And here Vyrko sat, methodically recording the destruction of mankind, once in a straight factual record, for the instruction of future readers ("if any," he added wryly to himself), and again as a canto in that epic poem of Man which he never expected to complete, but for which he lived.

Lavra's long golden hair fell over his shoulders. It was odd that its scent distracted him when he was at work on the factual record, yet seemed to wing the lines of the epic.

"But why bother?" she asked. Her speech might have been clearer if her tongue had not been more preoccupied with the savor of the apple than with the articulation of words. But Vyrko understood readily: the remark was as familiar an opening as P-K4 in chess.

"It's my duty," Vyrko explained patiently. "I haven't your father's scientific knowledge and perception. Your father's? I haven't the knowledge of his humblest lab assistant. But I can put words together so that they make sense and sometimes more than sense, and I have to do this."

From Lavra's plump red lips an apple pip fell into the works of the electronic typewriter. Vyrko fished it out automatically; this too was part of the gambit, with the possible variants of grape seed, orange peel....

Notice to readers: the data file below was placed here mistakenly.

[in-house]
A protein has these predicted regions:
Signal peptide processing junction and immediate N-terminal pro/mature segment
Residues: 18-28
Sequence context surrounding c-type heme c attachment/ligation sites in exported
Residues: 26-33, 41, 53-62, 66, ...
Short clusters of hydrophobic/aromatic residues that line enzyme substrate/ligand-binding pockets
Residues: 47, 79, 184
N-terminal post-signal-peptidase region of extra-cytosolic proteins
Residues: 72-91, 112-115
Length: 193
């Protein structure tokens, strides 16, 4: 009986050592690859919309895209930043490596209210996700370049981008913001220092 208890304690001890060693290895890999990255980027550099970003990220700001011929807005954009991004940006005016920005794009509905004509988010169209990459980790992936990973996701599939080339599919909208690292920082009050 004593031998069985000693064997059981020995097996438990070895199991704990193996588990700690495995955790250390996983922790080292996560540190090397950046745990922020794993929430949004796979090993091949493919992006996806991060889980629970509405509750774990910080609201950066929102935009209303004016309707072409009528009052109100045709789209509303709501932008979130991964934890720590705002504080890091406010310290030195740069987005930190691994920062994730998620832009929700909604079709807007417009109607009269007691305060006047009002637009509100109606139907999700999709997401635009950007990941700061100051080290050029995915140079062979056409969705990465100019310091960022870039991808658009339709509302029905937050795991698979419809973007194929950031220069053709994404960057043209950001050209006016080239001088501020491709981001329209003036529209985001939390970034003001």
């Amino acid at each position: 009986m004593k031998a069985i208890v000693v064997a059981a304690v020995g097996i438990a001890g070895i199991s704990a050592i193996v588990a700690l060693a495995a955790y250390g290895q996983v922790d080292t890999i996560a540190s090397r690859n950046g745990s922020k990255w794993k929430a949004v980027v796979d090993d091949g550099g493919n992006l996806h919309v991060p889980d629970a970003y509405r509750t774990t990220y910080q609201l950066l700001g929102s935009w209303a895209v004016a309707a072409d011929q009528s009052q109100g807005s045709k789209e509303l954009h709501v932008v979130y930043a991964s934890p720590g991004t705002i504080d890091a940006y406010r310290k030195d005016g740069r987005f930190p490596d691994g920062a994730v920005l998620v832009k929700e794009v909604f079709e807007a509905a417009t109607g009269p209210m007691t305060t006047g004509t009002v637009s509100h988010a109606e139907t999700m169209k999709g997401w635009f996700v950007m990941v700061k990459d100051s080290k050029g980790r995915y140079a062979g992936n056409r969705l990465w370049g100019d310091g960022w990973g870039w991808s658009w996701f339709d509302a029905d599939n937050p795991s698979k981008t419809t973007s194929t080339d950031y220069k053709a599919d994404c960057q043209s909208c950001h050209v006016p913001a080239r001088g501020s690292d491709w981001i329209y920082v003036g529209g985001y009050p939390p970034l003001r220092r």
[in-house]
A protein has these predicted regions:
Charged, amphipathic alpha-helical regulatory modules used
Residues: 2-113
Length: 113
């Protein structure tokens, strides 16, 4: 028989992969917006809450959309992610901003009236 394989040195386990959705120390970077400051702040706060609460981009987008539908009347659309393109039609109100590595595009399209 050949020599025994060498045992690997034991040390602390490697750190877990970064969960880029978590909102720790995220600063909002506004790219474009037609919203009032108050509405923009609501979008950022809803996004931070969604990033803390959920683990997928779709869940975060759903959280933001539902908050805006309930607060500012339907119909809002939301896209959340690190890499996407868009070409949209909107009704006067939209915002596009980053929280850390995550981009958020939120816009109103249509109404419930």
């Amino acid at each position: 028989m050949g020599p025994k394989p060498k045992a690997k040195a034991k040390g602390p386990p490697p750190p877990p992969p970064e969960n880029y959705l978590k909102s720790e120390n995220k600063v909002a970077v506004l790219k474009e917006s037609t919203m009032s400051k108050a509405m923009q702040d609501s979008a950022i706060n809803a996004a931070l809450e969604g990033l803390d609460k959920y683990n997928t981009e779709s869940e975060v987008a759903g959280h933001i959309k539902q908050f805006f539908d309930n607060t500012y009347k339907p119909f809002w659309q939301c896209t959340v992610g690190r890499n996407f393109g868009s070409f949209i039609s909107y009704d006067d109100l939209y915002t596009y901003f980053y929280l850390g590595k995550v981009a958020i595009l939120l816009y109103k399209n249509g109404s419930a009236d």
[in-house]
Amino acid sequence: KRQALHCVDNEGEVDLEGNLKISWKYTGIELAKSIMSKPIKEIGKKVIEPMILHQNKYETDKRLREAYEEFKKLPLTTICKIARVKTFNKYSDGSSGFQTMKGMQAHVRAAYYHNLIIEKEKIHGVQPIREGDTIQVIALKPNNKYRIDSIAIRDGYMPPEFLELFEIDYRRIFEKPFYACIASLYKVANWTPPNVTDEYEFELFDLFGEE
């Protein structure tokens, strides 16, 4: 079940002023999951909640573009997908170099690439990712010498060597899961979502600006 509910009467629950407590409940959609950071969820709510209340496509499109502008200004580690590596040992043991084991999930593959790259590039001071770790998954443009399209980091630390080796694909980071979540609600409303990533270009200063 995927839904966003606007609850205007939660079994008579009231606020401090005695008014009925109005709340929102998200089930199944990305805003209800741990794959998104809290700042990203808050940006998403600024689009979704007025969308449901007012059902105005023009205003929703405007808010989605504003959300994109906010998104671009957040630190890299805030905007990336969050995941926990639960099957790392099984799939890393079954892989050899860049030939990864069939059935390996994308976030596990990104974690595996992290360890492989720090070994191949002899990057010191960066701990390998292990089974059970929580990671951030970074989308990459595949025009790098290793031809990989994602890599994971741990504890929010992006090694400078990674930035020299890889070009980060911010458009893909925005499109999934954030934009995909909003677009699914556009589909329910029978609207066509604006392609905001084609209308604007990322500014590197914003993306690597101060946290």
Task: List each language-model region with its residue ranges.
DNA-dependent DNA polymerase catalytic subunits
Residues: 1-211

"But why," Lavra demanded petulantly, "won't Father let us leave here? A girl might as well be in a ... a...."

"Convent?" Vyrko suggested. He was a good amateur paleolinguist. "There is an analogy—even despite my presence. Convents were supposed to shelter girls from the Perils of The World. Now the whole world is one great Peril ... outside of this retreat."

"Go on," Lavra urged. She had long ago learned, Vyrko suspected, that he was a faintly over-serious young man with no small talk, and that she could enjoy his full attention only by asking to have something explained, even if for the nth time.


He smiled and thought of the girls he used to talk with, not at, and of how little breath they had for talking now in the world where no one drew an unobstructed breath.

It had begun with the accidental discovery in a routine laboratory analysis of a new element in the air, an inert gas which the great paleolinguist Larkish had named agnoton, the Unknown Thing, after the pattern of the similar nicknames given to others: neon, the New Thing; xenon, the Strange Thing.